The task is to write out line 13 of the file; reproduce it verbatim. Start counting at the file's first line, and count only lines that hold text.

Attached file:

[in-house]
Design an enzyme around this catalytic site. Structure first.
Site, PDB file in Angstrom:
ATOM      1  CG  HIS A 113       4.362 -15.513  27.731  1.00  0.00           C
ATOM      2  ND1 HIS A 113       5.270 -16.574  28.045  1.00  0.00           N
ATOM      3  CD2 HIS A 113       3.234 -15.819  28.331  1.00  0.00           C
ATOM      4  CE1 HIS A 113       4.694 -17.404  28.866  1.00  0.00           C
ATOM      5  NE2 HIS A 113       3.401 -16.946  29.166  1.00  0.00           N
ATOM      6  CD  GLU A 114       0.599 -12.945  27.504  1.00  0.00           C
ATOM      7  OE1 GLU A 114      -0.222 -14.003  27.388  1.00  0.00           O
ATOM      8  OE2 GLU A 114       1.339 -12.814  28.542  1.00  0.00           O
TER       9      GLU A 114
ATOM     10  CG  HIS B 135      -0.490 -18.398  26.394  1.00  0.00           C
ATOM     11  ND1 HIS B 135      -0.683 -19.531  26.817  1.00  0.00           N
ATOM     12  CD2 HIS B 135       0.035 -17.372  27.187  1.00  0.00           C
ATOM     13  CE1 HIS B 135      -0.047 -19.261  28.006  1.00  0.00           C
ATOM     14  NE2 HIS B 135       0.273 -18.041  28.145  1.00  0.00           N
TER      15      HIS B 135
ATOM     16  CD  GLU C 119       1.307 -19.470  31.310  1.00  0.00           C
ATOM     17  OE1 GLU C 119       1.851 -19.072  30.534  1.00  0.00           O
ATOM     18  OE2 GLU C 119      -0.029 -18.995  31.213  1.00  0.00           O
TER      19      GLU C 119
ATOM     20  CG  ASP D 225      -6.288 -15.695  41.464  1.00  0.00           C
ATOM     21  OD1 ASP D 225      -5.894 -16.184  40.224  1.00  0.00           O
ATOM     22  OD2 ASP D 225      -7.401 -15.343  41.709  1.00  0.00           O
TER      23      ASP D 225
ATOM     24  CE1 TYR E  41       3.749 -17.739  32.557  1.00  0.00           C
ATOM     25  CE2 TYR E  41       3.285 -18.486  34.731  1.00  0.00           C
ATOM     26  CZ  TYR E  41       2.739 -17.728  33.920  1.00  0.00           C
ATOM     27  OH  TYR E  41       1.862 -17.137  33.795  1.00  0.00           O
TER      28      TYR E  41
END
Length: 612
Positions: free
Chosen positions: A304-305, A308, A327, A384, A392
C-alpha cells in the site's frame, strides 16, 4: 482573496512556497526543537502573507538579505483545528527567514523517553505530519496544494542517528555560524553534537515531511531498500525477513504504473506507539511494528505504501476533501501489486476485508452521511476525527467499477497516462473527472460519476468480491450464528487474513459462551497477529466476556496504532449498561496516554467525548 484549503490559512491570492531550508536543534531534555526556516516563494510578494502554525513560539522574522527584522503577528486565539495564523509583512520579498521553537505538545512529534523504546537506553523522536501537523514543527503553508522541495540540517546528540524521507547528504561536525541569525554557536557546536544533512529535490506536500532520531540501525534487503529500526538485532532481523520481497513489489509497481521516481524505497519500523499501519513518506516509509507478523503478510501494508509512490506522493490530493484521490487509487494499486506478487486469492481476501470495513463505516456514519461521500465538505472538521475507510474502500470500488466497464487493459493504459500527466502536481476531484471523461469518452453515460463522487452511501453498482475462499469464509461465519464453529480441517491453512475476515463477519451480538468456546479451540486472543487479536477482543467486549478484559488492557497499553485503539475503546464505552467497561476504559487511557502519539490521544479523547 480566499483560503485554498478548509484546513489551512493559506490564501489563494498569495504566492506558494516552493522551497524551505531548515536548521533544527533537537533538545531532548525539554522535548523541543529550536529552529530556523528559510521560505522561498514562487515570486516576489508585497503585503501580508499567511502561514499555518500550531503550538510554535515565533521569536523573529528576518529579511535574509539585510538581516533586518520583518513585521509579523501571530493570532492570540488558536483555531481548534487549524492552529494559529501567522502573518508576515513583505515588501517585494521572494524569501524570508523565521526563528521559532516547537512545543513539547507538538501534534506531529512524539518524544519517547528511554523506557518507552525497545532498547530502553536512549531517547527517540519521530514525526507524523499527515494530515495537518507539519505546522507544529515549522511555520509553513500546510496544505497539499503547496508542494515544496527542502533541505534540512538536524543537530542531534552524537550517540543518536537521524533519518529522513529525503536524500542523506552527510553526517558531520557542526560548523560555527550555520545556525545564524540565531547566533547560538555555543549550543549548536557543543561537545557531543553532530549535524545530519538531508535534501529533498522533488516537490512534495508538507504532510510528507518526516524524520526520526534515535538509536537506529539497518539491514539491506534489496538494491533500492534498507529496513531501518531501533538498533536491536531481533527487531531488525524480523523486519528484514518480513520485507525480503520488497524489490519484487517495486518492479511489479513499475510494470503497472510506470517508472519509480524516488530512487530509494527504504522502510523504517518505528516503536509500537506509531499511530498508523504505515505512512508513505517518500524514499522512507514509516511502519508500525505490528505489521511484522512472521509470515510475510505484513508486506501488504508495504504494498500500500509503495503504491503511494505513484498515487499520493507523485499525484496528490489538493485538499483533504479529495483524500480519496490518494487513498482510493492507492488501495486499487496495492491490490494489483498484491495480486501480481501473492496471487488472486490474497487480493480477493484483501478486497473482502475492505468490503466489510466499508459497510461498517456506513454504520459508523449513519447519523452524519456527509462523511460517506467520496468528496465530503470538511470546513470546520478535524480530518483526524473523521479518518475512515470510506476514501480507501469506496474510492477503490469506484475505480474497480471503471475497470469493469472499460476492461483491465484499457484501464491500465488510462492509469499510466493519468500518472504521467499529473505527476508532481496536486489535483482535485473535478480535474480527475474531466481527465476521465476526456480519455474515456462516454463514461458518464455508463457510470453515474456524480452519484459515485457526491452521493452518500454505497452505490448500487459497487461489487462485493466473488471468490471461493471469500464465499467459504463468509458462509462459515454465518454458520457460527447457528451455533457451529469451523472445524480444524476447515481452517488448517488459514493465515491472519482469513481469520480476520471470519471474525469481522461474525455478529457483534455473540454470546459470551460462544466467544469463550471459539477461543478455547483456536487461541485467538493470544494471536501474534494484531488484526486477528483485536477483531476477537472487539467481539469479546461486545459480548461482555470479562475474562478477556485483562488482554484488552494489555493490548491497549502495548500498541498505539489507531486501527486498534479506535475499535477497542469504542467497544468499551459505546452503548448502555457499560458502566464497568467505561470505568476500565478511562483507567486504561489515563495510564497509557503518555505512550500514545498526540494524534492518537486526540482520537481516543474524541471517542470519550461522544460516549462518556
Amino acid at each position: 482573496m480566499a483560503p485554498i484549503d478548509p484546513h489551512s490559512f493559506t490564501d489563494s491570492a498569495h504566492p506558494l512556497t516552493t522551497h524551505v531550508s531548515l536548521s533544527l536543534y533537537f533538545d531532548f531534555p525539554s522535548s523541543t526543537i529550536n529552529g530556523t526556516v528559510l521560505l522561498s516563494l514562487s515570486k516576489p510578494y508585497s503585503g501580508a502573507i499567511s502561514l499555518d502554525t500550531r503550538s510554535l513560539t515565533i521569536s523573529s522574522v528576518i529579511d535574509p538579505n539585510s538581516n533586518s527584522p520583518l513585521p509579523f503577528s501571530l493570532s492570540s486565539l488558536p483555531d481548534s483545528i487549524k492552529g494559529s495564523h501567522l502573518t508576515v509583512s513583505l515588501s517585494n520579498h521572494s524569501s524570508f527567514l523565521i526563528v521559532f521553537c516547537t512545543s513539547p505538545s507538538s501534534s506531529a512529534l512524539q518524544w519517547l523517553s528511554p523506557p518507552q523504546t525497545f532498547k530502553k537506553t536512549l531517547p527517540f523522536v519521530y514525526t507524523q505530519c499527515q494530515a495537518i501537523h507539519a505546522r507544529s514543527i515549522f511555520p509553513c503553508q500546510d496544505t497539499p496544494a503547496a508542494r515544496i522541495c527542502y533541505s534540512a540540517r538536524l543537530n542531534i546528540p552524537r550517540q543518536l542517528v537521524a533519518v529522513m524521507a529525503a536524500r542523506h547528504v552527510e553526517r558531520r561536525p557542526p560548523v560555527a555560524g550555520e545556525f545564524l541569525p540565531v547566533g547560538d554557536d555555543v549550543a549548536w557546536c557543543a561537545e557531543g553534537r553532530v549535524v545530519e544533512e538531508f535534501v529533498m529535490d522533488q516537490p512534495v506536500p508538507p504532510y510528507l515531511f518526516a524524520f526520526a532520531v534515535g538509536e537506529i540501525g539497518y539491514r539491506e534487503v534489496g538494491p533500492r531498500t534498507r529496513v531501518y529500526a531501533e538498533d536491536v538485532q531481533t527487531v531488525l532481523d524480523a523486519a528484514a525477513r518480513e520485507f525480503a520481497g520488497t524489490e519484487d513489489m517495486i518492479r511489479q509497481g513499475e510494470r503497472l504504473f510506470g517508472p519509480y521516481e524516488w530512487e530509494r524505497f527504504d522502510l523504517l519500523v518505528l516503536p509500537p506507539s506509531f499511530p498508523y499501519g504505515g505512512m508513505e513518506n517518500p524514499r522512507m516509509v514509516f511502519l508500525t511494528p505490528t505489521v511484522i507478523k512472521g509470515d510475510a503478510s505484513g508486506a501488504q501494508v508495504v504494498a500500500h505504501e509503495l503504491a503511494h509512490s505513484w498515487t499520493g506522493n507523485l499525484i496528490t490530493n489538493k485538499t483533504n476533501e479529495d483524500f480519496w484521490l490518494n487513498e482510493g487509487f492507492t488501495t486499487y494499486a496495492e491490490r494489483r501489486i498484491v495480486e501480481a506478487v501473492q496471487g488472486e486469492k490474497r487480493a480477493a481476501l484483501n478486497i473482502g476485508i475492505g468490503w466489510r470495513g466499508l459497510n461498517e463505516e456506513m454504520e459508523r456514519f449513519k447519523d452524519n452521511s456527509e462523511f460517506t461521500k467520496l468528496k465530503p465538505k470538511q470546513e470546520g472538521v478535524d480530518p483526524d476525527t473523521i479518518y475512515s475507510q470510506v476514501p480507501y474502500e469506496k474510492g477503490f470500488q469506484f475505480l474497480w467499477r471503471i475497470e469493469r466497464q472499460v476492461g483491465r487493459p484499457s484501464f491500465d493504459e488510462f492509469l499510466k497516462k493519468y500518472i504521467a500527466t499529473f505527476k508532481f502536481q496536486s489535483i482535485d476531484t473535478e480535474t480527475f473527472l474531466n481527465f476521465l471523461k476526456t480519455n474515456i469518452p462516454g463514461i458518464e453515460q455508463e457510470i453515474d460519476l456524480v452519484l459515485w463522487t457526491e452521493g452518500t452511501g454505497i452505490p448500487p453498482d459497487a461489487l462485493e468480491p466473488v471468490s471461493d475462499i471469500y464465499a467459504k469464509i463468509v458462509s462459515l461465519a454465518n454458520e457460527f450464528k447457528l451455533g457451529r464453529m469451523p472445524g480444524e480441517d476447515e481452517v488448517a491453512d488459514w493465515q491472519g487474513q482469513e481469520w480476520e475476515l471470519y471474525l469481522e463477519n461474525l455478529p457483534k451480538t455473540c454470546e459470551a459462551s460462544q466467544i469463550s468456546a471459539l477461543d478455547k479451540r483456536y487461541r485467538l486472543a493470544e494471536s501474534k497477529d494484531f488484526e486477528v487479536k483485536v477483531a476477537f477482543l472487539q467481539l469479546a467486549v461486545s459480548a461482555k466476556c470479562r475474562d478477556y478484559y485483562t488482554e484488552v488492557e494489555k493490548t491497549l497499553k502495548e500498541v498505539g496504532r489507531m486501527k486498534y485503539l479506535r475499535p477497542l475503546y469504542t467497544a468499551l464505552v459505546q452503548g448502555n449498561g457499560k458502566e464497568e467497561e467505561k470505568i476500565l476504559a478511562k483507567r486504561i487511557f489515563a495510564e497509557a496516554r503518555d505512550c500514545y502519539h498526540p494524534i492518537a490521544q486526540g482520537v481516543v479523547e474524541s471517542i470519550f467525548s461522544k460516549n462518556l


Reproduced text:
ATOM     10  CG  HIS B 135      -0.490 -18.398  26.394  1.00  0.00           C